Southwestern Energy Co. expects to see natural gas production growth in the single digits as it focuses on improving drilling efficiencies to be able to operate within cash flow during a prolonged period of low commodity prices, CEO Bill Way said in an interview with S&P Global Platts.
"Our focus is on growth of the EBITDA line, and production for us is an outcome of that," Way said Dec. 6. "We're very disciplined in how we invest at gas prices that support economics for shareholder return."
Although the shale gas producer is not expected to release its full-year 2020 production guidance until it sets its budget in February, Way indicated that Southwestern was basing its conservative approach to production growth in no small part on expectations that natural gas prices will remain tepid in the coming year. He added that if gas prices rise significantly during the year, Southwestern "will make adjustments" to its drilling strategy.
Way said the company's long-term free-cash-flow strategy was put in place with the sale of its gas-producing assets in the Fayetteville Shale to private equity-backed Flywheel Energy in December 2018. "We're on a very deliberate path, post-selling the Fayetteville, to return to free cash flows for our business," Way said.
Southwestern reported total hydrocarbon production of 202 Bcfe in its third-quarter results, an 8% increase compared with the year-ago quarter, excluding its assets in the Fayetteville.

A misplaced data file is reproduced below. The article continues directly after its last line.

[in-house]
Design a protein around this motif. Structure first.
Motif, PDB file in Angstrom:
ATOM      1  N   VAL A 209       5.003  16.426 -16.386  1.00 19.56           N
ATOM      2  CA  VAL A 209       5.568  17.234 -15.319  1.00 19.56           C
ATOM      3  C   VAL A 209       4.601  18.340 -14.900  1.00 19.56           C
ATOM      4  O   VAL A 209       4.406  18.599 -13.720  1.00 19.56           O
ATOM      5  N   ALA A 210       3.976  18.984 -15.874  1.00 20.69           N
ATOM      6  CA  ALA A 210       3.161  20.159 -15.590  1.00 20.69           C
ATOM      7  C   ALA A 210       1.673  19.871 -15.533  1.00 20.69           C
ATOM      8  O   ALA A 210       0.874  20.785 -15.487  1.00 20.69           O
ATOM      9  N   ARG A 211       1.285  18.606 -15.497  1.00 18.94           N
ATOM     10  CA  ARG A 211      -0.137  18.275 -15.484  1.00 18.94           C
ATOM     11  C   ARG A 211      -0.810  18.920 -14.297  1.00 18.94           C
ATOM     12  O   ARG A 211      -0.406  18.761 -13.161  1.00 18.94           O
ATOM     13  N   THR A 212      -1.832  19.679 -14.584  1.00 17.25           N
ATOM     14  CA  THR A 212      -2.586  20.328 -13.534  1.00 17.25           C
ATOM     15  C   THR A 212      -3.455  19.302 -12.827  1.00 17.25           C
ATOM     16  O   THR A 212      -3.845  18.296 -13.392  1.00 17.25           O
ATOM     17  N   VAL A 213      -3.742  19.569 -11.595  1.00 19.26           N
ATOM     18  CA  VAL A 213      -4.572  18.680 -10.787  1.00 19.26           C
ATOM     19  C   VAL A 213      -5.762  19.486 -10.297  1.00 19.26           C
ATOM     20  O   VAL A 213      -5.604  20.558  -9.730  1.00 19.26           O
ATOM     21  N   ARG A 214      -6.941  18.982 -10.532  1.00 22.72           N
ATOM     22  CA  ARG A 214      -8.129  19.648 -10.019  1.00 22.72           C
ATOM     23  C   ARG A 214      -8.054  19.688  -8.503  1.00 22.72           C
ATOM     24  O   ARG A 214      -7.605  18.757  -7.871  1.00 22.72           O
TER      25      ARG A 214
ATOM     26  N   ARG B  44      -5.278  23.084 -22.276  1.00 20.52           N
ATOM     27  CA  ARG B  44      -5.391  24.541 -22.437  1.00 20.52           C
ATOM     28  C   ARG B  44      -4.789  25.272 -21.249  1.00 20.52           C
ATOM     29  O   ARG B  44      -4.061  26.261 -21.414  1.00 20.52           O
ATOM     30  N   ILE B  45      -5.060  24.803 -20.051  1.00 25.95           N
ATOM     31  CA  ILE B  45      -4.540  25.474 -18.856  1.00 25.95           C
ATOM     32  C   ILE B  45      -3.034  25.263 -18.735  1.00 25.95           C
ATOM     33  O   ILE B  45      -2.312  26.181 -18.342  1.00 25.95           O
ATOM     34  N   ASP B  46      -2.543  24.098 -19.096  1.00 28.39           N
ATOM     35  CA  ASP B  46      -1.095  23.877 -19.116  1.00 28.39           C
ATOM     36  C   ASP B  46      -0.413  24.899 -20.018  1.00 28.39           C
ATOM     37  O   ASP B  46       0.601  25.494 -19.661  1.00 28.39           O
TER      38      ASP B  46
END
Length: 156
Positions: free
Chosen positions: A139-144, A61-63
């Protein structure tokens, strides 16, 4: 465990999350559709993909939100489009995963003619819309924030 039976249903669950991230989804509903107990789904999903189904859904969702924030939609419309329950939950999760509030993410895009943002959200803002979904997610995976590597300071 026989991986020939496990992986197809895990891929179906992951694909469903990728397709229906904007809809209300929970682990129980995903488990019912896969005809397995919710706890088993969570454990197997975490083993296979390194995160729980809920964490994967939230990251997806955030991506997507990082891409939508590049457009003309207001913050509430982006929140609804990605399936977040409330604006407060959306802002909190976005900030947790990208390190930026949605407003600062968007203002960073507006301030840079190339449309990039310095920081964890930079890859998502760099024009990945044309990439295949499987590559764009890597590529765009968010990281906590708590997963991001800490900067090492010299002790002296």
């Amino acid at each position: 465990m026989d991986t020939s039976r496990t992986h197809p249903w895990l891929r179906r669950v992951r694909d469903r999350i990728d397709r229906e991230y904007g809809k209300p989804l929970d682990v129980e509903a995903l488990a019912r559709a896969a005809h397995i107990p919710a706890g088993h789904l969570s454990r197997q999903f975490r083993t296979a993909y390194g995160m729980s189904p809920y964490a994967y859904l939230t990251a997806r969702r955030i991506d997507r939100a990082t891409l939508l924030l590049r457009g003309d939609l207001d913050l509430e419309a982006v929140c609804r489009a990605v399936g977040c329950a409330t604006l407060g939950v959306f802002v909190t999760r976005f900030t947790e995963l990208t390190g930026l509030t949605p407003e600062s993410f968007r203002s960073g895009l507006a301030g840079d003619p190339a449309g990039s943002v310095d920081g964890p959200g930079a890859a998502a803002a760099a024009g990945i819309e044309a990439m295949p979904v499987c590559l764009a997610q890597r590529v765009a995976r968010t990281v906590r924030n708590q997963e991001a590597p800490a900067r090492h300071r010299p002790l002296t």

Reflecting the loss of Fayetteville volumes, gas production in the quarter fell to 158 Bcf, (1.72 Bcf/d) compared with 215 Bcf (2.34 Bcf/d) in the same quarter of 2018. At 1.4 million barrels, liquids production increased by 42% compared with the third quarter of 2018.
Way said the company would let economics dictate where it will spend in 2020. Southwestern has two core assets: the liquids-rich region of southwestern Appalachia and the high rate-of-return dry gas region of northeastern Pennsylvania. Southwestern is also investing in the final installment of a water system "that has reduced well cost by up to $800,000 per well and eliminated hundreds of thousands of truckloads of water from the roads."
Way said he expects to see growth in demand for Appalachian Basin natural gas coming from several sources. "The demand side is quite positive for natural gas," he said. "There are additional gas-fired power generation units even now being built in the Appalachian Basin. That provides a little bit of in-basin demand."
He added he expects to see a growth in gas demand for export. "The LNG complex has continued to exceed expectation and we continue to supply additional gas to them," he said. "Assuming we have a winter, we ought to see some recovery for gas (prices)."
In addition, the lack of takeaway pipeline capacity that plagued the gas-producing Appalachian region several years ago has largely been resolved, Way said. "At the current moment in northeast Appalachia, Southwestern Energy has all the long-haul takeaway capacity that it needs to deliver on our development plan," he said. "It's low-cost, it's flexible and it goes to some high-value markets."
Several major interstate pipeline projects are being built or have been completed in recent years in its southwestern Appalachia operations area. "There is a lot of unused capacity, which is enabling Southwestern to acquire additional capacity below market value and not to take it or pay for it until 2021," Way said.
Jim Magill is a reporter for S&P Global Platts. S&P Global Market Intelligence and S&P Global Platts are owned by S&P Global Inc.